Legends of the Middle Ages, Narrated with Special Reference to Literature and Art

Front Cover
American book Company, 1896 - 340 pages
 

What people are saying - Write a review

We haven't found any reviews in the usual places.

Contents

I
9
II
22
III
35
IV
53
V
86
VI
100
VII
110
VIII
129
XI
182
XII
204
XIII
214
XIV
234
XV
246
XVI
269
XVII
282
XVIII
301

IX
152
X
163

Other editions - View all

Common terms and phrases

Popular passages

Page 232 - But now farewell. I am going a long way With these thou seest — if indeed I go — (For all my mind is clouded with a doubt) To the island-valley of Avilion ; Where falls not hail, or rain, or any snow, Nor ever wind blows loudly ; but it lies Deep-meadow'd, happy, fair with orchard-lawns And bowery hollows crown'd with summer sea, Where I will heal me of my grievous wound.
Page 231 - And answer made King Arthur, breathing hard : " My end draws nigh ; 'tis time that I were gone. Make broad thy shoulders to receive my weight, And bear me to the margin ; yet I fear My wound hath taken cold, and I shall die.
Page 233 - Launcelot, there thou liest, thou were never matched of none earthly knight's hands; and thou were the courtliest knight that ever bare shield; and thou were the truest friend to thy lover that ever bestrode horse; and thou were the truest lover, of a sinful man, that ever loved woman; and thou were the kindest man that ever struck with sword; and thou were the goodliest person that ever came among press of knights; and thou were the meekest man and the gentlest that ever ate in hall among ladies;...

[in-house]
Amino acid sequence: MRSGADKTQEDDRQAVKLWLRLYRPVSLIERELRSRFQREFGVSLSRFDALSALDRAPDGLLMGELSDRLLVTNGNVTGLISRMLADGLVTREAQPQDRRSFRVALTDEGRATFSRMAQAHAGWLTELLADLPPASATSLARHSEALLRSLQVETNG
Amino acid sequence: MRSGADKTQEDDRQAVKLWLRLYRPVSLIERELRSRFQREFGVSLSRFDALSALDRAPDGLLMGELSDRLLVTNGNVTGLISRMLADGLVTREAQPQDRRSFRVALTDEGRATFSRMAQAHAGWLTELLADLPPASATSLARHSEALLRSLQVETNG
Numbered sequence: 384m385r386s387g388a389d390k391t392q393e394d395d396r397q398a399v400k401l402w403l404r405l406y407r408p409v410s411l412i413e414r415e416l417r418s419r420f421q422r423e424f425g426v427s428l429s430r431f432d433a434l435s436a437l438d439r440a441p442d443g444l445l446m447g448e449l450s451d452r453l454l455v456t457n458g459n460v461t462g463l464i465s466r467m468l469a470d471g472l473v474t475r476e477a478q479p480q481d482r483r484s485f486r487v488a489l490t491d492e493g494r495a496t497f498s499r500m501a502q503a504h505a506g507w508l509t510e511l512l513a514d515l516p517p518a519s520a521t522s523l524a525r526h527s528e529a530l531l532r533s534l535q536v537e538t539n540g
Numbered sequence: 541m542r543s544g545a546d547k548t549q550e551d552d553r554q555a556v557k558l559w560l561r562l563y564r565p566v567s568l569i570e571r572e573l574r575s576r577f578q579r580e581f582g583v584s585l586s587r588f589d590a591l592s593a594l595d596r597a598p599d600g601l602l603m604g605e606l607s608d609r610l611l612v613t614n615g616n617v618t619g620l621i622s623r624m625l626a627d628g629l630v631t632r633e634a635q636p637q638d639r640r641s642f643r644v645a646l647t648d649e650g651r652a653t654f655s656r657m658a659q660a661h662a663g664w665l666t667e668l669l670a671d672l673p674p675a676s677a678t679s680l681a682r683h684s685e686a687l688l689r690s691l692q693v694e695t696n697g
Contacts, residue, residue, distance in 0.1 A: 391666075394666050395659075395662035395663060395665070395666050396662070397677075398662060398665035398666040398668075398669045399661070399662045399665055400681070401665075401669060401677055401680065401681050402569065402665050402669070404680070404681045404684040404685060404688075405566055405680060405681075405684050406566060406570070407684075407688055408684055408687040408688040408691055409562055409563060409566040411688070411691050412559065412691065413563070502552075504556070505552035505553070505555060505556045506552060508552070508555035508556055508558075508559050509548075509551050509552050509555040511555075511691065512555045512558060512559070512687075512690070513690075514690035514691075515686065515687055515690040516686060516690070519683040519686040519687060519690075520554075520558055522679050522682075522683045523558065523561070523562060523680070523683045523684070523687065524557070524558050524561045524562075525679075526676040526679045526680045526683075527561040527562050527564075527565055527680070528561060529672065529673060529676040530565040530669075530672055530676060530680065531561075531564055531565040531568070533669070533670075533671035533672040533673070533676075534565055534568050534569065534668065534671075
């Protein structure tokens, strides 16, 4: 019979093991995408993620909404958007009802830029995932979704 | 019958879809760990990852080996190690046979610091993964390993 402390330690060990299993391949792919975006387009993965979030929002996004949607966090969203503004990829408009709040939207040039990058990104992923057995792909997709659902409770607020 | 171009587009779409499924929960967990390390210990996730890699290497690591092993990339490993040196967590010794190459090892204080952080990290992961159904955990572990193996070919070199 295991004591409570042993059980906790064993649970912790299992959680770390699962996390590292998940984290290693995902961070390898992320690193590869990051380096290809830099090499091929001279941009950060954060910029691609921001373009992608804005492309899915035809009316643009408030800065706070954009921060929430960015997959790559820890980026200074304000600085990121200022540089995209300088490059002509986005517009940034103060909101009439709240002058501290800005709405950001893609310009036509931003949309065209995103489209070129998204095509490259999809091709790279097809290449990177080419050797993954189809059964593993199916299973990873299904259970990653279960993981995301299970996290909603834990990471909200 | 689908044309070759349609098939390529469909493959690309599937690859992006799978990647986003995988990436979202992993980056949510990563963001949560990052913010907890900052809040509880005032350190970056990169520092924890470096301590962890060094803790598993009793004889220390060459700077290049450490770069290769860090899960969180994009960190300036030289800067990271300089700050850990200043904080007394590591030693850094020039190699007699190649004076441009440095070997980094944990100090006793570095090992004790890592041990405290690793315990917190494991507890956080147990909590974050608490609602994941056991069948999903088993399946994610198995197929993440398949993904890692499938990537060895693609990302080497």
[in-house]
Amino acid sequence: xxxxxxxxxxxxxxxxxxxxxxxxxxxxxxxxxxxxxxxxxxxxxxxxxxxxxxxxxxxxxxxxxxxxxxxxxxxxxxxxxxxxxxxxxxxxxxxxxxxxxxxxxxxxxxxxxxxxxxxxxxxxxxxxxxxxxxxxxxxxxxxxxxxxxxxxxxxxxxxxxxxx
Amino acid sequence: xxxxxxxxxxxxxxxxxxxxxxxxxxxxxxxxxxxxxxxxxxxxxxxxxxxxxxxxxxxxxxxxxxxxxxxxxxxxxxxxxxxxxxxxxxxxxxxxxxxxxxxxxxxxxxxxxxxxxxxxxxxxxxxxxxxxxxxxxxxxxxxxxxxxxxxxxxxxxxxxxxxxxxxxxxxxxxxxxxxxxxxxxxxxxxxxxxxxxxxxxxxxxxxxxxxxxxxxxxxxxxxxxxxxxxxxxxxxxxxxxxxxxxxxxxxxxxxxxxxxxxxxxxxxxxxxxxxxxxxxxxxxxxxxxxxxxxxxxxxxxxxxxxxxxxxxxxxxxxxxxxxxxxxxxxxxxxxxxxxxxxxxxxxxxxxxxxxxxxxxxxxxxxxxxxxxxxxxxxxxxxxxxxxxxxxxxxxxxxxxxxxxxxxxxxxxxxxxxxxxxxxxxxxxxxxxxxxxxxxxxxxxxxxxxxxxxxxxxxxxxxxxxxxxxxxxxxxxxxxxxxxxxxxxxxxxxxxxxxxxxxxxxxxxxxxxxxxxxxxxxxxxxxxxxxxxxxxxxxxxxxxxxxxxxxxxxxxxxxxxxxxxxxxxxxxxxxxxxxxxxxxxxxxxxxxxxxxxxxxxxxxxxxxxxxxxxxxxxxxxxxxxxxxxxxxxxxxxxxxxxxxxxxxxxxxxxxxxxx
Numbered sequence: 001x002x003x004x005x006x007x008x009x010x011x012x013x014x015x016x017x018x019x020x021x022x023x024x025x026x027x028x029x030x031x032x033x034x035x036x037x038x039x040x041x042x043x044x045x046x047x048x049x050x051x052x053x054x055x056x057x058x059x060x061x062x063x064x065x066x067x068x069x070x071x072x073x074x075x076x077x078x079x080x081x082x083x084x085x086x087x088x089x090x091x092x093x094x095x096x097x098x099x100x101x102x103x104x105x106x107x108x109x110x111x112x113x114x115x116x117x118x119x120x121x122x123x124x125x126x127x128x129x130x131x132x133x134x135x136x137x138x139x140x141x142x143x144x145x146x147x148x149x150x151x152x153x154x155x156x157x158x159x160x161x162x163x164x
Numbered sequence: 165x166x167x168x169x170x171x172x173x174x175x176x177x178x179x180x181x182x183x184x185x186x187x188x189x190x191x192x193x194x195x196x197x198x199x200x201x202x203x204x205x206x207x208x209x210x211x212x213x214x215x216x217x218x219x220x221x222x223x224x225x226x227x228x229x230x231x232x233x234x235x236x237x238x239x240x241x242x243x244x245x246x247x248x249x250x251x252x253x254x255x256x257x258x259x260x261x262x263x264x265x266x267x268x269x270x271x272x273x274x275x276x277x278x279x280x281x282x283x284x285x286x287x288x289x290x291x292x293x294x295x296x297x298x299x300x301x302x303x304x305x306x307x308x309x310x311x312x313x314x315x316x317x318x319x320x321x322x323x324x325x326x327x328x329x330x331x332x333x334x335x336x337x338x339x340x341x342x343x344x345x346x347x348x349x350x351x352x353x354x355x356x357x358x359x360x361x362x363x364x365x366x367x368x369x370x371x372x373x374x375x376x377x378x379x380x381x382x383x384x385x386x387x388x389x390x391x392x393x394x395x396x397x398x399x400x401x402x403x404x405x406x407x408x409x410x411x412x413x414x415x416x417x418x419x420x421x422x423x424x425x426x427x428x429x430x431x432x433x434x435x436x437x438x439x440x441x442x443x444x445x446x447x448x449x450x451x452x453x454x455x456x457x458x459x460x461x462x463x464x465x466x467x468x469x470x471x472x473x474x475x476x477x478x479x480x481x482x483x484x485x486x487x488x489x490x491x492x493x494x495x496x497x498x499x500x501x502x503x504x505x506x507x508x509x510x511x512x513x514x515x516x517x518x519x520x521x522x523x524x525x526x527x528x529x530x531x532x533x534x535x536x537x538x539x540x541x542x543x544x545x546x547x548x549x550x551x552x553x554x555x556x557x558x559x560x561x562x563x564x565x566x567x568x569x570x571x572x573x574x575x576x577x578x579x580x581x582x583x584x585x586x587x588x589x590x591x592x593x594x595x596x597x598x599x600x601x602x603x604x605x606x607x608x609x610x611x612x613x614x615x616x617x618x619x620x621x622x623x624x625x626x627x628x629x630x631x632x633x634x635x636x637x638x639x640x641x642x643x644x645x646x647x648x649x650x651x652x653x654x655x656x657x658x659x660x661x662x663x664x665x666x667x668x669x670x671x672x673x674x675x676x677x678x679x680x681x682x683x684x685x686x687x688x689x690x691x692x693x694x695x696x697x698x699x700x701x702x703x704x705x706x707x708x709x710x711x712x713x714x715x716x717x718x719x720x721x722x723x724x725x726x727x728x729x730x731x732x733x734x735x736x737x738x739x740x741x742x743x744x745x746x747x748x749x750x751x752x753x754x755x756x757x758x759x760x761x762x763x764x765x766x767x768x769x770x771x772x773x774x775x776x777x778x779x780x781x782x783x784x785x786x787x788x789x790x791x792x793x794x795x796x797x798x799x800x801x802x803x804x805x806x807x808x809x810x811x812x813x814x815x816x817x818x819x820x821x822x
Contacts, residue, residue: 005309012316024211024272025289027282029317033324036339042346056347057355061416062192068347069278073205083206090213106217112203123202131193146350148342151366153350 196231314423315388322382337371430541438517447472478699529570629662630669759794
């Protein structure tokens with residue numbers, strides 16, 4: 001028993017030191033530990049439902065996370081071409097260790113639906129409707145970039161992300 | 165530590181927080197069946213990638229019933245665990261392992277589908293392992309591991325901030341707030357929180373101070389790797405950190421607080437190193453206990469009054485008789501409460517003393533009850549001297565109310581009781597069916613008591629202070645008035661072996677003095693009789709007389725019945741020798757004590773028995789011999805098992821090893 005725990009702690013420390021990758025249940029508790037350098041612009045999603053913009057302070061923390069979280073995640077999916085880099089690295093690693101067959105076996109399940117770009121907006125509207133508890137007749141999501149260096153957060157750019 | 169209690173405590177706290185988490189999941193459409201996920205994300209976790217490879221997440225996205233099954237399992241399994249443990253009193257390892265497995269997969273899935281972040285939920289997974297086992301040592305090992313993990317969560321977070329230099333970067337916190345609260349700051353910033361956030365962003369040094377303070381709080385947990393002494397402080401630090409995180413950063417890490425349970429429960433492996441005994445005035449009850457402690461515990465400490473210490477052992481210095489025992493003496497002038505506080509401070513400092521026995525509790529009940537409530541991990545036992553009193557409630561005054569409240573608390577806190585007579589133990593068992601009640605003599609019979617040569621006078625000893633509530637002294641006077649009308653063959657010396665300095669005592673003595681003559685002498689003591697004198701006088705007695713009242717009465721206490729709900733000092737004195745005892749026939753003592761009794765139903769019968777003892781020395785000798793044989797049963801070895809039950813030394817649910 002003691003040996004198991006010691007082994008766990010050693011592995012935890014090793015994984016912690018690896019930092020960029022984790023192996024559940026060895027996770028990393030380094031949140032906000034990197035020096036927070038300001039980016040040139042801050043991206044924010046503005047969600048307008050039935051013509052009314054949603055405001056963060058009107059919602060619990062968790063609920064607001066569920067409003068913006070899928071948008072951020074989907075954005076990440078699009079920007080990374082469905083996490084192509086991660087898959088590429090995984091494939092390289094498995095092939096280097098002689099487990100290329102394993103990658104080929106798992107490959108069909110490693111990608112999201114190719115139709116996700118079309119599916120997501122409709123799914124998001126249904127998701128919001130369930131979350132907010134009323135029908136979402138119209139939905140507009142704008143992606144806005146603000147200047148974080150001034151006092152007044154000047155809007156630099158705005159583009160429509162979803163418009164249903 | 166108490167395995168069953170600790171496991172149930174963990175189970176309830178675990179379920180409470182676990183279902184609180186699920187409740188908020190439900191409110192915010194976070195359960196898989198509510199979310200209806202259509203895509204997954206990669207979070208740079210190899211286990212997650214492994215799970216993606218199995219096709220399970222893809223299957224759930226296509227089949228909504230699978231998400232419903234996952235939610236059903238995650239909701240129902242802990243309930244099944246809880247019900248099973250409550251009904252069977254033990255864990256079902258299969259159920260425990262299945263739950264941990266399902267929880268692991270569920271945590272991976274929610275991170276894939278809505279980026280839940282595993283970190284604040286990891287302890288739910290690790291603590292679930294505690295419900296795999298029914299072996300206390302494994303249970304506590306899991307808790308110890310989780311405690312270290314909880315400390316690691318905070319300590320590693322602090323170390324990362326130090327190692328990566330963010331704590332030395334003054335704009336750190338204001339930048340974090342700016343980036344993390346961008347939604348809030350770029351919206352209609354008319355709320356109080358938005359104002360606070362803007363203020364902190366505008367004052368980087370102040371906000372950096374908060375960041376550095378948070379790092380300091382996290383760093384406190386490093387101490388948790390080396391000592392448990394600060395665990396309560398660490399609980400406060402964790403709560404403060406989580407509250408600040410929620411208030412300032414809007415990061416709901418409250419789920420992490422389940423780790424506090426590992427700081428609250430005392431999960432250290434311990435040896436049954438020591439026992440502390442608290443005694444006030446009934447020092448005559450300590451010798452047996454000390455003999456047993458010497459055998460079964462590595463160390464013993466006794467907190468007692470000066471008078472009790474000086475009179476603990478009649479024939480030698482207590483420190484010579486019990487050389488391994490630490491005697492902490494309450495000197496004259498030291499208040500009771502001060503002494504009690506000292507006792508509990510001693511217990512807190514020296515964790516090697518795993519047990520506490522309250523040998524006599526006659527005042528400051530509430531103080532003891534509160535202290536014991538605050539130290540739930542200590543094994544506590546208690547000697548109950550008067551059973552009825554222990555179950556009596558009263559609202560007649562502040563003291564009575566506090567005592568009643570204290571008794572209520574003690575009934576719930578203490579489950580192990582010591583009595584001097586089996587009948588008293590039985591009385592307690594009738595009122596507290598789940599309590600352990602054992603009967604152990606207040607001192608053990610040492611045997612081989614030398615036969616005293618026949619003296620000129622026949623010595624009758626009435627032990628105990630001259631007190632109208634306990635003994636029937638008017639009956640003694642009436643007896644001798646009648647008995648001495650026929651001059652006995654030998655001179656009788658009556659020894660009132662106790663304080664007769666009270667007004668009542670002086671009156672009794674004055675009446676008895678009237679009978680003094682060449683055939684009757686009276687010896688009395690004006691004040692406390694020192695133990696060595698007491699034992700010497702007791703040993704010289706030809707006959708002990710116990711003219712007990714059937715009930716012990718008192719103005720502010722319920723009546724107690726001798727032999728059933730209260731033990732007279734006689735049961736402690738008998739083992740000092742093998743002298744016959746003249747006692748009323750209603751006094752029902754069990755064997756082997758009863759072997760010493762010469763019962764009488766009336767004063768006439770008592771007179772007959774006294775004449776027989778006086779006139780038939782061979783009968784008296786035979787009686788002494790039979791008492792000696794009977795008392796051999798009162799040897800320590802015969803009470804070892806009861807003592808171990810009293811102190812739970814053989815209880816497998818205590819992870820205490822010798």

Page 150 - The castled Crag of Drachenfels Frowns o'er the wide and winding Rhine, Whose breast of waters broadly swells Between the banks which bear the vine ; And hills all rich with blossomed trees, And fields which promise corn and wine, And scattered cities crowning these, Whose far white walls along them shine, Have strewed a scene, which I should see With double joy wert thou with me.
Page 215 - Wave after wave, each mightier than the last, Till last, a ninth one, gathering half the deep And full of voices, slowly rose and plunged Roaring, and all the wave was in a flame...
Page 233 - Christian knights; and now I dare say,' said Sir Ector, ' that, Sir Lancelot, there thou liest, thou were never matched of none earthly knight's hands ; and thou were the courtliest knight that ever bare shield; and thou were the truest friend to thy lover that ever bestrode horse; and thou were the truest lover of a sinful man that ever loved woman ; and thou were the...
Page 279 - High seated in their blest abodes, I soon shall quaff the drink of gods. The hours of Life have glided by, — I fall ! but laughing will I die...
Page 212 - The blossom'd thorn-tree and her sleeping lover. Nine times she waved the fluttering wimple round, And made a little plot of magic ground. «° And in that daisied circle, as men say, Is Merlin prisoner till the judgment-day; But she herself whither she will can rove— For she was passing weary of his love.
Page 217 - Which was my pride: for thou rememberest how In those old days, one summer noon, an arm Rose up from out the bosom of the lake...

Bibliographic information